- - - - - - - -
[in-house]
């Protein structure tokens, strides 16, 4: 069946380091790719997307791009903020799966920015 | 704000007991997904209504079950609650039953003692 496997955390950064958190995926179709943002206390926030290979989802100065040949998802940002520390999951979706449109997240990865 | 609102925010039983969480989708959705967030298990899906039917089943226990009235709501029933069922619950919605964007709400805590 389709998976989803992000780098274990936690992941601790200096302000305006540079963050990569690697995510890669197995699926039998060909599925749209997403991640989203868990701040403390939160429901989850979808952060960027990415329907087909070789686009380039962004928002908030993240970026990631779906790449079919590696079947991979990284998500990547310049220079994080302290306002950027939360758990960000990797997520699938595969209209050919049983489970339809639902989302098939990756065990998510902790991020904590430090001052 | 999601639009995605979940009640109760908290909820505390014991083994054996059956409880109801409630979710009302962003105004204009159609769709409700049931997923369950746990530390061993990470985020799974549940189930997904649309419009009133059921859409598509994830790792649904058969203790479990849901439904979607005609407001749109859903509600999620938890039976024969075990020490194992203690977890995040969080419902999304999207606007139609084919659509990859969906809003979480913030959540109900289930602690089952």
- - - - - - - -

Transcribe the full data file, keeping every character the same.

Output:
[in-house]
């Protein structure tokens, strides 16, 4: 069946380091790719997307791009903020799966920015 | 704000007991997904209504079950609650039953003692 496997955390950064958190995926179709943002206390926030290979989802100065040949998802940002520390999951979706449109997240990865 | 609102925010039983969480989708959705967030298990899906039917089943226990009235709501029933069922619950919605964007709400805590 389709998976989803992000780098274990936690992941601790200096302000305006540079963050990569690697995510890669197995699926039998060909599925749209997403991640989203868990701040403390939160429901989850979808952060960027990415329907087909070789686009380039962004928002908030993240970026990631779906790449079919590696079947991979990284998500990547310049220079994080302290306002950027939360758990960000990797997520699938595969209209050919049983489970339809639902989302098939990756065990998510902790991020904590430090001052 | 999601639009995605979940009640109760908290909820505390014991083994054996059956409880109801409630979710009302962003105004204009159609769709409700049931997923369950746990530390061993990470985020799974549940189930997904649309419009009133059921859409598509994830790792649904058969203790479990849901439904979607005609407001749109859903509600999620938890039976024969075990020490194992203690977890995040969080419902999304999207606007139609084919659509990859969906809003979480913030959540109900289930602690089952």